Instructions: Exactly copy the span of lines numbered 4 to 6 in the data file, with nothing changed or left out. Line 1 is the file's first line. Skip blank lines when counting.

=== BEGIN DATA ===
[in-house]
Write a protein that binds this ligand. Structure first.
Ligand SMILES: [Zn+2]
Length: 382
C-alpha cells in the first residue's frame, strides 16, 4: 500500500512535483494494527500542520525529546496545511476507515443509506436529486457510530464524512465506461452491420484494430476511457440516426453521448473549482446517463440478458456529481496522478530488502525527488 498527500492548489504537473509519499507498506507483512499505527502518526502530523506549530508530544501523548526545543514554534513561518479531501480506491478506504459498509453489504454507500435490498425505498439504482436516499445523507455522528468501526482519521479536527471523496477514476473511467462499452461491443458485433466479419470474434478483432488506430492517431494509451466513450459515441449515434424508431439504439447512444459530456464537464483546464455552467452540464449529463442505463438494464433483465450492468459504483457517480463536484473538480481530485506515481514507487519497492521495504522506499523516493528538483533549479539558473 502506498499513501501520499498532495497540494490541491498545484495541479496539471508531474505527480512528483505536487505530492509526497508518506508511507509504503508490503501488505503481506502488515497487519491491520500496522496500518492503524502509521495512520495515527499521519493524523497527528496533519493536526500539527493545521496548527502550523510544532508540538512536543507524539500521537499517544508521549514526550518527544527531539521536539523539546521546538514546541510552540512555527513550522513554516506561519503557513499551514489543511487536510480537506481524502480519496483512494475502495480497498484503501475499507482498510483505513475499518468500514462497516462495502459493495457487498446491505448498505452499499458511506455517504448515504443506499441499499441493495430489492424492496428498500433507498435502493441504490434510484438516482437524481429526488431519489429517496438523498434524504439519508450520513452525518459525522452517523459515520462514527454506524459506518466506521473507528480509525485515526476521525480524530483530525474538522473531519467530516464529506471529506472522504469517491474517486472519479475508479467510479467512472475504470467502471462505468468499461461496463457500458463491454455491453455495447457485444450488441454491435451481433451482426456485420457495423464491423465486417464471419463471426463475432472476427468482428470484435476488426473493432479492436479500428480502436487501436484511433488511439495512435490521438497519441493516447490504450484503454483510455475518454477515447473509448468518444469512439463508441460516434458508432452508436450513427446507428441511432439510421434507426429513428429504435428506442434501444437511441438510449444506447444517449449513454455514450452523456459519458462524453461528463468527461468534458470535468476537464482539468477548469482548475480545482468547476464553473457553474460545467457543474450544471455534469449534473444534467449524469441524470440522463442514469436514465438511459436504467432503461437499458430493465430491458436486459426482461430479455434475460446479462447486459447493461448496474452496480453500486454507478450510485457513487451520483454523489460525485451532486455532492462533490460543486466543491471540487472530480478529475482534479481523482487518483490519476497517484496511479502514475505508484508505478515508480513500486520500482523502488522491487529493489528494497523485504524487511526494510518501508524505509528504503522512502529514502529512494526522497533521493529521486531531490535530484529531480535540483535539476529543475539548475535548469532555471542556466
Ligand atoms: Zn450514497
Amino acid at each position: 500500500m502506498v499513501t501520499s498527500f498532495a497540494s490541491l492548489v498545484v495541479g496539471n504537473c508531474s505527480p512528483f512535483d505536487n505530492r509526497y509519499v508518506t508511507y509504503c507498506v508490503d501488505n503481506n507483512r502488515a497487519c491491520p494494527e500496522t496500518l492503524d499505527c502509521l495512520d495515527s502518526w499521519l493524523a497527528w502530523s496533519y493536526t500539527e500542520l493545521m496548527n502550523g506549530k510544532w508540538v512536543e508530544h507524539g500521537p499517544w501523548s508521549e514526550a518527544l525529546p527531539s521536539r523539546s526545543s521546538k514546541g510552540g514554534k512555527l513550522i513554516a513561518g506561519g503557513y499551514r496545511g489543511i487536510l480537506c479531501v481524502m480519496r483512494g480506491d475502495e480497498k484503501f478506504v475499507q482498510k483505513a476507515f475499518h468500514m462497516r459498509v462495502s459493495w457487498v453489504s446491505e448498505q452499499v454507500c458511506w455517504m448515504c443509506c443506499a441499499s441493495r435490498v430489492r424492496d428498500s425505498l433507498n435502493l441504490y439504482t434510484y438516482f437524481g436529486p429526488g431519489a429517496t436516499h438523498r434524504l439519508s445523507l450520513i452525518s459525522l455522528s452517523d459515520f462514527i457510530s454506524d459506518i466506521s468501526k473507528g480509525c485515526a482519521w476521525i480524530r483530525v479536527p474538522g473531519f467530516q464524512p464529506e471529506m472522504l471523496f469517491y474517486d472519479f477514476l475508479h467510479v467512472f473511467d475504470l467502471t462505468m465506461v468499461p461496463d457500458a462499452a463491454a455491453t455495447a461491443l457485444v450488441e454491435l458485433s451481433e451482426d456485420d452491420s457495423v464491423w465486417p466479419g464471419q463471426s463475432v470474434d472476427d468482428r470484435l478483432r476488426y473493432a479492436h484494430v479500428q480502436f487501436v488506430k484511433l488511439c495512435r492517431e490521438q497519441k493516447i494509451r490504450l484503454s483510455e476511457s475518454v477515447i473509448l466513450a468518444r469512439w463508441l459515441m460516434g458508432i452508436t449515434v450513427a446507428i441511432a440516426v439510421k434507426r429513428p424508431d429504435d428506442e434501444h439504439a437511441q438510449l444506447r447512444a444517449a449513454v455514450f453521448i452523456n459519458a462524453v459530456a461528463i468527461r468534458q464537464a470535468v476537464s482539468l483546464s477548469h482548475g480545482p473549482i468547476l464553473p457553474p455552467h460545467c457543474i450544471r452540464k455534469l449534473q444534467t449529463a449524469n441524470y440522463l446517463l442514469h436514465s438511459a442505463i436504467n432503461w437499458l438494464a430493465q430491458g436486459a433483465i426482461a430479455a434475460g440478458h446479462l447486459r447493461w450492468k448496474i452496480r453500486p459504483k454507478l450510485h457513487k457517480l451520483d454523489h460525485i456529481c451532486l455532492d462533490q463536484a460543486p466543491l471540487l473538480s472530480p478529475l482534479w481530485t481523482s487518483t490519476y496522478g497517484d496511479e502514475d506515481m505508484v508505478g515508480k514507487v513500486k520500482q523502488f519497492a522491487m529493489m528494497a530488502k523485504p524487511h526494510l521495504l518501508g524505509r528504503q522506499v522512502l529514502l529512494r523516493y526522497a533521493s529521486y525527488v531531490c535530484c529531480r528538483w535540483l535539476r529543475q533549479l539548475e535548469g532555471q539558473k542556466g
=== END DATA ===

Length: 382
C-alpha cells in the first residue's frame, strides 16, 4: 500500500512535483494494527500542520525529546496545511476507515443509506436529486457510530464524512465506461452491420484494430476511457440516426453521448473549482446517463440478458456529481496522478530488502525527488 498527500492548489504537473509519499507498506507483512499505527502518526502530523506549530508530544501523548526545543514554534513561518479531501480506491478506504459498509453489504454507500435490498425505498439504482436516499445523507455522528468501526482519521479536527471523496477514476473511467462499452461491443458485433466479419470474434478483432488506430492517431494509451466513450459515441449515434424508431439504439447512444459530456464537464483546464455552467452540464449529463442505463438494464433483465450492468459504483457517480463536484473538480481530485506515481514507487519497492521495504522506499523516493528538483533549479539558473 502506498499513501501520499498532495497540494490541491498545484495541479496539471508531474505527480512528483505536487505530492509526497508518506508511507509504503508490503501488505503481506502488515497487519491491520500496522496500518492503524502509521495512520495515527499521519493524523497527528496533519493536526500539527493545521496548527502550523510544532508540538512536543507524539500521537499517544508521549514526550518527544527531539521536539523539546521546538514546541510552540512555527513550522513554516506561519503557513499551514489543511487536510480537506481524502480519496483512494475502495480497498484503501475499507482498510483505513475499518468500514462497516462495502459493495457487498446491505448498505452499499458511506455517504448515504443506499441499499441493495430489492424492496428498500433507498435502493441504490434510484438516482437524481429526488431519489429517496438523498434524504439519508450520513452525518459525522452517523459515520462514527454506524459506518466506521473507528480509525485515526476521525480524530483530525474538522473531519467530516464529506471529506472522504469517491474517486472519479475508479467510479467512472475504470467502471462505468468499461461496463457500458463491454455491453455495447457485444450488441454491435451481433451482426456485420457495423464491423465486417464471419463471426463475432472476427468482428470484435476488426473493432479492436479500428480502436487501436484511433488511439495512435490521438497519441493516447490504450484503454483510455475518454477515447473509448468518444469512439463508441460516434458508432452508436450513427446507428441511432439510421434507426429513428429504435428506442434501444437511441438510449444506447444517449449513454455514450452523456459519458462524453461528463468527461468534458470535468476537464482539468477548469482548475480545482468547476464553473457553474460545467457543474450544471455534469449534473444534467449524469441524470440522463442514469436514465438511459436504467432503461437499458430493465430491458436486459426482461430479455434475460446479462447486459447493461448496474452496480453500486454507478450510485457513487451520483454523489460525485451532486455532492462533490460543486466543491471540487472530480478529475482534479481523482487518483490519476497517484496511479502514475505508484508505478515508480513500486520500482523502488522491487529493489528494497523485504524487511526494510518501508524505509528504503522512502529514502529512494526522497533521493529521486531531490535530484529531480535540483535539476529543475539548475535548469532555471542556466
Ligand atoms: Zn450514497